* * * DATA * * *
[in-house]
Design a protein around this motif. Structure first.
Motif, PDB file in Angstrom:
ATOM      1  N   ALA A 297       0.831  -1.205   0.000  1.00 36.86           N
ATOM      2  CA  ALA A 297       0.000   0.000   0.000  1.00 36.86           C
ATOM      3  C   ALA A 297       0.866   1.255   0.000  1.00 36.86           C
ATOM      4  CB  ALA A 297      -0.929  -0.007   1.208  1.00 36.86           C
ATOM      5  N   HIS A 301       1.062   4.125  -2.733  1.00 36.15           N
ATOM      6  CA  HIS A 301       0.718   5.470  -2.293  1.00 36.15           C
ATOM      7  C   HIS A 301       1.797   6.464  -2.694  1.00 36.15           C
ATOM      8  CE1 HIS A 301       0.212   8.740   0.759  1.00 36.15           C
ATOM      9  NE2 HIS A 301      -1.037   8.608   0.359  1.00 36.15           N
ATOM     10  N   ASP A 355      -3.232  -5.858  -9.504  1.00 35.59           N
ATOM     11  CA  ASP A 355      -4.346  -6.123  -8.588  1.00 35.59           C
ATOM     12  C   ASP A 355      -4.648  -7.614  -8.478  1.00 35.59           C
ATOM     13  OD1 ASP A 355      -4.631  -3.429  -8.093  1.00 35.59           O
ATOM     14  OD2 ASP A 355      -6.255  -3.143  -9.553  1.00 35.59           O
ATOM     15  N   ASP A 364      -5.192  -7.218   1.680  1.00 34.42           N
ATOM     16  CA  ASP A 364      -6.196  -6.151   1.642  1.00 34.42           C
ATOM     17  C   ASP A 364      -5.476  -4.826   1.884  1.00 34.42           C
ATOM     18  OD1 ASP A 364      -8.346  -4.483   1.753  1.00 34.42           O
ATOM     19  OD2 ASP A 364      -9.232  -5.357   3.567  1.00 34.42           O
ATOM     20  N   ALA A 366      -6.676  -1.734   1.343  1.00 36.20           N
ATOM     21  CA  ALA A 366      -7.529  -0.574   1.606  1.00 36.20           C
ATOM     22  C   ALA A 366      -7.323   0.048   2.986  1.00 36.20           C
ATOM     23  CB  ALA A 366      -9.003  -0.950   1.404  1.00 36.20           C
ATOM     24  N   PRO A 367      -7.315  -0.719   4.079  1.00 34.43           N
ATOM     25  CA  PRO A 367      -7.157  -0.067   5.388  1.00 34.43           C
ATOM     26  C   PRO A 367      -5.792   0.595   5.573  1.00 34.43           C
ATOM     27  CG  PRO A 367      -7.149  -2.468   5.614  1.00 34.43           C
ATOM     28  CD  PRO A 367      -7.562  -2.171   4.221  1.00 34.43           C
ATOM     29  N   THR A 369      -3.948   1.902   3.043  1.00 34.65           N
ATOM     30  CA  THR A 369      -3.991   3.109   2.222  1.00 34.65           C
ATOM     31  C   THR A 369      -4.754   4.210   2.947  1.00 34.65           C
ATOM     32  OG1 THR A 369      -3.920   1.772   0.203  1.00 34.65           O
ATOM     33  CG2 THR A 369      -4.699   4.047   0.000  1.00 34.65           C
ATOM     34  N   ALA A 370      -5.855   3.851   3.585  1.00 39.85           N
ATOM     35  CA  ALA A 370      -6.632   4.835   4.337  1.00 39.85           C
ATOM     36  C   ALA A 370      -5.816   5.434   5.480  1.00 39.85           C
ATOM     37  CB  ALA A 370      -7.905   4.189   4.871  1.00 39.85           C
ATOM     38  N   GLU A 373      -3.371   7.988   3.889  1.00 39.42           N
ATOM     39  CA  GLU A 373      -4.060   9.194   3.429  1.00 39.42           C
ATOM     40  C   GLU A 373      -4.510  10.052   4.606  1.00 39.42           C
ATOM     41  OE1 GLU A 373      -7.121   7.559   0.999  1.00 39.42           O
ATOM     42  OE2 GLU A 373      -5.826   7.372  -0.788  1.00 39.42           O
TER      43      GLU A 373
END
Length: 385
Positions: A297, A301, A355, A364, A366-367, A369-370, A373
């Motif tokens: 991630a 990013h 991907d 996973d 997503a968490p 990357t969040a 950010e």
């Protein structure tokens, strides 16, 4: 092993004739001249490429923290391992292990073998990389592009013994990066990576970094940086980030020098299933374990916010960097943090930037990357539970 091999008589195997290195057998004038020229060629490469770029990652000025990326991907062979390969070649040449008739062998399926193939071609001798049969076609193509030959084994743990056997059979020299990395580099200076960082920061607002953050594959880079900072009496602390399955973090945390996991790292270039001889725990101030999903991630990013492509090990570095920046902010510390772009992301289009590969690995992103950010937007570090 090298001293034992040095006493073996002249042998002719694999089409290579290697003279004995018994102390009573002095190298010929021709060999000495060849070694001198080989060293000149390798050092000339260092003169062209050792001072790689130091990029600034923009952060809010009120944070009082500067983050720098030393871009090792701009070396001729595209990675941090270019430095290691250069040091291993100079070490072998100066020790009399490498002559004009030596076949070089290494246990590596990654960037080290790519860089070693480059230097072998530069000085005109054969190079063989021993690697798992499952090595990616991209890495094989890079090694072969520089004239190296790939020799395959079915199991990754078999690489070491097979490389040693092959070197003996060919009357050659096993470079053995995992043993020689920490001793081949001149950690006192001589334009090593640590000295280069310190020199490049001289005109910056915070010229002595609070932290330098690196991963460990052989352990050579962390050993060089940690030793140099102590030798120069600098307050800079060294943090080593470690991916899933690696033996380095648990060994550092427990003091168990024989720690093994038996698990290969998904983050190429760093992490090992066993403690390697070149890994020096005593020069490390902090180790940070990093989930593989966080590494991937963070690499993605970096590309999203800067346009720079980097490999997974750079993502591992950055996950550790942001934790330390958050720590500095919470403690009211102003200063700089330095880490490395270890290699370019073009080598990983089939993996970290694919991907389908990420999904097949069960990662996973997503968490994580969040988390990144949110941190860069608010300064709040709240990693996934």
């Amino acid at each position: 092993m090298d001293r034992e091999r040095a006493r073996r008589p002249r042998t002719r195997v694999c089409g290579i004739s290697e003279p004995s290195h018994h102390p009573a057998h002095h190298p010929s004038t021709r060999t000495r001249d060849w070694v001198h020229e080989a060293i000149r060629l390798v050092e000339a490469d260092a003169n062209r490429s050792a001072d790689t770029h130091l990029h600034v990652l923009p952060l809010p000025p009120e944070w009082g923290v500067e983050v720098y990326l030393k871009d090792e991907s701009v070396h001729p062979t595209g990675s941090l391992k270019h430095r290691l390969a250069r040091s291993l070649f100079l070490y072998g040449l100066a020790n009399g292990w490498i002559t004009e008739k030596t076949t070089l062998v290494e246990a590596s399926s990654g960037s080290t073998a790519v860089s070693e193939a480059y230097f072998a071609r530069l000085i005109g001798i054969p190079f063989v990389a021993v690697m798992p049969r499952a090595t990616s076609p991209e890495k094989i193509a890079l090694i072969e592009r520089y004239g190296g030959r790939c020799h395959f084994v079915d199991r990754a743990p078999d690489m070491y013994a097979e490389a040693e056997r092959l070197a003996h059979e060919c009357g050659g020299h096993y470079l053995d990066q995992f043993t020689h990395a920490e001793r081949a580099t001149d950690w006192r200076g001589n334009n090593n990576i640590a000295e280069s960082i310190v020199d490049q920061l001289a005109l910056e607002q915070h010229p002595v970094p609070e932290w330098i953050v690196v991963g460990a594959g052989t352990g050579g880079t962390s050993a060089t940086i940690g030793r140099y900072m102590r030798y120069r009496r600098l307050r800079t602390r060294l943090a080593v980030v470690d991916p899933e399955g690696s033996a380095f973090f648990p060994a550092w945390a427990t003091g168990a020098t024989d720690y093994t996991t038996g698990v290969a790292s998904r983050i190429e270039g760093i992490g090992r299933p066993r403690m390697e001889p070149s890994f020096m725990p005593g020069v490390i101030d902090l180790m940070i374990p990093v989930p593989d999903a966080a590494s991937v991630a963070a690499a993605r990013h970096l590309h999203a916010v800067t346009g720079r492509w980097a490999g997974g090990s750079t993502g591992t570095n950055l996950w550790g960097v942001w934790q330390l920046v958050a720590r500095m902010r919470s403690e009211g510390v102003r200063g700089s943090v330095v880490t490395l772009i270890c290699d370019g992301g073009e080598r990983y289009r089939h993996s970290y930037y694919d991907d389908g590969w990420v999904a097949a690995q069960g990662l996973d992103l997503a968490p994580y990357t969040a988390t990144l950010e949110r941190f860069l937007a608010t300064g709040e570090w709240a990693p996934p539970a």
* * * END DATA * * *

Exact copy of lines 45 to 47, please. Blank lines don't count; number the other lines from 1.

ATOM     42  OE2 GLU A 373      -5.826   7.372  -0.788  1.00 39.42           O
TER      43      GLU A 373
END